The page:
The Benefits Brief...
New Indexed Figures For 2018
Janet LeTourneau
December 2017

The Internal Revenue Service (IRS) and Social Security Administration have released the cost-of-living (COLA) and inflation adjustments that apply to dollar limitations set forth in certain IRS Code Sections. The Consumer Price Index was 2.0 percent and therefore warranted increases in most indexed figures for 2018.

Social Security and Medicare Wage Base
For 2018, the Social Security wage base is $128,700. The Social Security rate of 6.2 percent is applied to wages up to the maximum taxable amount for the year; the Medicare portion of 1.45 percent applies to all wages.

In addition, individuals are liable for a 0.9 percent “Additional Medicare Tax” on all wages exceeding specific threshold amounts. 


Indexed Compensation Levels
Highly compensated and key employee definitions (shown in the table).


401(k) Plans
"In 2018 the maximum for elective deferrals is $18,500 and the catch-up contribution for those 50 or older is $6,000. That means if you are age 50 or over during the 2018 taxable year, you may generally defer up to $24,500 into your 401(k) plan.


Healthcare FSA
The annual limit for participant salary reductions for the healthcare flexible spending account (FSA) for plan years starting on or after January 1, 2018, may not exceed $2,650. However, this does not preclude employer contributions (as long as they are not convertible to cash) from being added to participants’ healthcare FSAs.


Adoption Credit
For 2018 this tax credit is $13,840. The credit starts to phase out at $207,580 of modified adjusted gross income (AGI) levels, and is completely phased out when modified AGI reaches $247,580.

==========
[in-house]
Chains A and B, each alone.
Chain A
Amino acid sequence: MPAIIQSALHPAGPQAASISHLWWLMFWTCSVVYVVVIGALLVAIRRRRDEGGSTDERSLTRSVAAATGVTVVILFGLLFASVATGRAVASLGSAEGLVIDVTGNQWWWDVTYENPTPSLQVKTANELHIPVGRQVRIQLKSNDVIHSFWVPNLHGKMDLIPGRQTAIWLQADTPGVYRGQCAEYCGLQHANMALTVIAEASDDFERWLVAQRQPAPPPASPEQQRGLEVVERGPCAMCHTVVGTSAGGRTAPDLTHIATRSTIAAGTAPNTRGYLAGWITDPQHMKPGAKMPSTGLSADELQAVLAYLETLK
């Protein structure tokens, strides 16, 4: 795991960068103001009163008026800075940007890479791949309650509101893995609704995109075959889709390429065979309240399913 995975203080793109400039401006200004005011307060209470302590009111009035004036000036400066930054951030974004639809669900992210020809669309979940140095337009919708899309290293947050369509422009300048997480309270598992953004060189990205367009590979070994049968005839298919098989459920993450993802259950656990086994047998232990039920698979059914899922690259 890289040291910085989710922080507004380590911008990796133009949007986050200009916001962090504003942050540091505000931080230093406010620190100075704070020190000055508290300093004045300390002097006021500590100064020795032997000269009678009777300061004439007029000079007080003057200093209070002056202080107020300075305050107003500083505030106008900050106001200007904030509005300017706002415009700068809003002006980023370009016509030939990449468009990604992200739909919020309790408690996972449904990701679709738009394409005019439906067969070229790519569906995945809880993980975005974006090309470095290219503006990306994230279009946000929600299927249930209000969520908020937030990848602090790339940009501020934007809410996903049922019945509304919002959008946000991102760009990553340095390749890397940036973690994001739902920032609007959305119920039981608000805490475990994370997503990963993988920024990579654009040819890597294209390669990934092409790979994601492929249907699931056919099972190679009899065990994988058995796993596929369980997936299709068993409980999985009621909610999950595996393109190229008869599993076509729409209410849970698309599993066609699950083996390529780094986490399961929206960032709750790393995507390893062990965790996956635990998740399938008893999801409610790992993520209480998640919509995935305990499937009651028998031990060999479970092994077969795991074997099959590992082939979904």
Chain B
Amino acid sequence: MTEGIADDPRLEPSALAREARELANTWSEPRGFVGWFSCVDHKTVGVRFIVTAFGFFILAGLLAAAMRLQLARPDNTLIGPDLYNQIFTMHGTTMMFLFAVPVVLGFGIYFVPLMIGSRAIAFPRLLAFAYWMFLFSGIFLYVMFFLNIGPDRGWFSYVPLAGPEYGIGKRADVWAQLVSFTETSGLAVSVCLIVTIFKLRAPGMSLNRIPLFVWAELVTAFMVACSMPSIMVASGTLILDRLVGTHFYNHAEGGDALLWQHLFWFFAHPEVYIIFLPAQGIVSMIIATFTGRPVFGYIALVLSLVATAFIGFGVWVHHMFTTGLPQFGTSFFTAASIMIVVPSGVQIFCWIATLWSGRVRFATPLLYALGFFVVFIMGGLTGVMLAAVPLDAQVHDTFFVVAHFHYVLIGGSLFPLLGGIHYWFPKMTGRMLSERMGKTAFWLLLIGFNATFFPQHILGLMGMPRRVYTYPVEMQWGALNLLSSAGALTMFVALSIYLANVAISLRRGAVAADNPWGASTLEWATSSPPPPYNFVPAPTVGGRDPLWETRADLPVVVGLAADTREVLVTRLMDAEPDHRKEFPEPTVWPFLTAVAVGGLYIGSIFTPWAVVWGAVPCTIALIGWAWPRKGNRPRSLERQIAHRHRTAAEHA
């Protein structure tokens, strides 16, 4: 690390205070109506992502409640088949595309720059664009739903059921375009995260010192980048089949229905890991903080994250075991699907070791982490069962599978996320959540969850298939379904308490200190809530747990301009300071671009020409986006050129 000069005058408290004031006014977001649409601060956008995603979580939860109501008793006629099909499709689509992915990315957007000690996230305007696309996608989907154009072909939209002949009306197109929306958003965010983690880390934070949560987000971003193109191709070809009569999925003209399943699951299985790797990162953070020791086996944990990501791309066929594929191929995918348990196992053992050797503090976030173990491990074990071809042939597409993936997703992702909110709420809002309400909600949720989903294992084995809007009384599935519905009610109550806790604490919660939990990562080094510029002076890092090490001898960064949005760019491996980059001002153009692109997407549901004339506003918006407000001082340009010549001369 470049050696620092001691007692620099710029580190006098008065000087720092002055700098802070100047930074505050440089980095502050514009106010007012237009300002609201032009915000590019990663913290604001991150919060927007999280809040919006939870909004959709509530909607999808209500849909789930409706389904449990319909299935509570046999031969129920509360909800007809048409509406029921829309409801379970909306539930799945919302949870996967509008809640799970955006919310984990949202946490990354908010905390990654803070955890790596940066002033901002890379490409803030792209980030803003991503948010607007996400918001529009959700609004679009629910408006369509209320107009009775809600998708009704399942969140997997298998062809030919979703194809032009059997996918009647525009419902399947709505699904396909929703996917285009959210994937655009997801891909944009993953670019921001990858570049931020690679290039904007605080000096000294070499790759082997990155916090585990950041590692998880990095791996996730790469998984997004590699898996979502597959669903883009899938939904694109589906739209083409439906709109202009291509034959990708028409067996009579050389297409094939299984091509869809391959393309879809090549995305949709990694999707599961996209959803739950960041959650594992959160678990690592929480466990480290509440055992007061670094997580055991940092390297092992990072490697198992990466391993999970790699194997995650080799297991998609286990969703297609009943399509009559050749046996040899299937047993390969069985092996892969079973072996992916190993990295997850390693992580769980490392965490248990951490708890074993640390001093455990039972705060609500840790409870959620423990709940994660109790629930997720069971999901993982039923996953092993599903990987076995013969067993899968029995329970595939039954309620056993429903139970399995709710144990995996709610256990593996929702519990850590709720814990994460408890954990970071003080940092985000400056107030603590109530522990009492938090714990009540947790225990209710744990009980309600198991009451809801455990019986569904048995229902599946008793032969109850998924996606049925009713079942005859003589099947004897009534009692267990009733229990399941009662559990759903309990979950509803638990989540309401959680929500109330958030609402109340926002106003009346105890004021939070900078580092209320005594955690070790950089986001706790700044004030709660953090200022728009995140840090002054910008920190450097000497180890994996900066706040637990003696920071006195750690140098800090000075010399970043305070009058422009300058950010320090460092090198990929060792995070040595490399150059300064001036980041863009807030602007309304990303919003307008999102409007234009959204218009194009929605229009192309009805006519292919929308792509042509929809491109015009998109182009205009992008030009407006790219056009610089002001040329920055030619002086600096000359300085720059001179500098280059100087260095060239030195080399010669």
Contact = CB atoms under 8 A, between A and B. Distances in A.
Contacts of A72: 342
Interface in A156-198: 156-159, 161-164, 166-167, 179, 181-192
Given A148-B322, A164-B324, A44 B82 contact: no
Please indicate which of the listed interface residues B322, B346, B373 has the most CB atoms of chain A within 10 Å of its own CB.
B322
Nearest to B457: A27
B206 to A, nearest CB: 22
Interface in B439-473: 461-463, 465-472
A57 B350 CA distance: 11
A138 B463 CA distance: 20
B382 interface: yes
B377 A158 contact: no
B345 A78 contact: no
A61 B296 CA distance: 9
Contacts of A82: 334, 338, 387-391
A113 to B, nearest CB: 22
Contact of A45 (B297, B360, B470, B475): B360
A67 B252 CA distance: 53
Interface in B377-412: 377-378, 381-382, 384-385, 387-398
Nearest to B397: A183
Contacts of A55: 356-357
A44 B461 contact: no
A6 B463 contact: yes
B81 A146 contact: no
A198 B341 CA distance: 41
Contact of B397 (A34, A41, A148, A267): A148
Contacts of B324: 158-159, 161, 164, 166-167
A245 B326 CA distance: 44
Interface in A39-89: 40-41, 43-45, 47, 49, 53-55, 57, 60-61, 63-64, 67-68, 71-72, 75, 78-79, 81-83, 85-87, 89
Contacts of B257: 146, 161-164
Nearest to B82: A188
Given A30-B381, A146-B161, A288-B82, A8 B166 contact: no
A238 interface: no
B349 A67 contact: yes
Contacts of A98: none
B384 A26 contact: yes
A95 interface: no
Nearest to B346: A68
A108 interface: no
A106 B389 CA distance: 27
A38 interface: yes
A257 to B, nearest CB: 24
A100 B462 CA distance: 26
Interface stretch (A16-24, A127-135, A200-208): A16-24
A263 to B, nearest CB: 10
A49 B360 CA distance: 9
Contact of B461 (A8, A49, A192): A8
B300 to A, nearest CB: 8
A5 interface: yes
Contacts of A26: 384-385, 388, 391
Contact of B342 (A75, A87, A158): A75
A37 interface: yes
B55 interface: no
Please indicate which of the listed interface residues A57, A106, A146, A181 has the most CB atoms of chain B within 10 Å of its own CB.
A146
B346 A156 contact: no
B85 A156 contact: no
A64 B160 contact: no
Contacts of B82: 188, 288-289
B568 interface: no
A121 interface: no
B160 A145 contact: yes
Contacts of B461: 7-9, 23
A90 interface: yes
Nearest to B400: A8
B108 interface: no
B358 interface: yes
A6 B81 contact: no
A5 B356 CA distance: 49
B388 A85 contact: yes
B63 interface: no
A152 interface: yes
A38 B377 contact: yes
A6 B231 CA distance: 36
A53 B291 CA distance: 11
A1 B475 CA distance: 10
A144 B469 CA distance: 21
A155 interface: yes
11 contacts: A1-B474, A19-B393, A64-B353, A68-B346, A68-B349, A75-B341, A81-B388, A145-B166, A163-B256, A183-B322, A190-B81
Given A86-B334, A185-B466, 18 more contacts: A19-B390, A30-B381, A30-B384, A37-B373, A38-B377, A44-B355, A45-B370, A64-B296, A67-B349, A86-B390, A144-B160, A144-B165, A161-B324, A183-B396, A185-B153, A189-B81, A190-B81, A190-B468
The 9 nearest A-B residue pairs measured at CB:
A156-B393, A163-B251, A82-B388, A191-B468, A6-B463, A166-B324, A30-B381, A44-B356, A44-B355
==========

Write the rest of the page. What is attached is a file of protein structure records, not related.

The exclusion from income provided through an employer or a Section 125 cafeteria plan for adoption assistance also has a $13,840 limit for the 2018 taxable year. And remember—a participant may take the exclusion from income and the tax credit if enough expenses are incurred to support both programs separately.


Health Savings Account (HSA)
Minimum deductible amounts for the qualifying high-deductible health plan (HDHP) rose to $1,350 for self-only coverage and $2,700 for family coverage for 2018. Maximums for the HDHP out-of-pocket expenses also increased to $6,650 for self-only coverage and $13,300 for family coverage for 2018.

Maximum contribution levels to an HSA for 2018 are increased to $3,450 for self-only coverage and $6,900 for family coverage. The catch-up contribution allowed for those 55 and over is set at $1,000 for 2018. Remember, there are two requirements in order to fund an HSA: You must have qualifying HDHP coverage and no other impermissible coverage (such as coverage under another employer’s plan or from a healthcare FSA that is not specifically compatible with an HSA).


Archer Medical Savings Account (MSA)
For high-deductible insurance plans that provide self-only coverage, the annual deductible amount must be at least $2,300 but not more than $3,450 for 2018. Total out-of-pocket expenses under plans that provide self-only coverage cannot exceed $4,600. For plans that provide family coverage in 2018, the annual deductible amount must be at least $4,600 but not more than $6,850, with out-of-pocket expenses that do not exceed $8,400.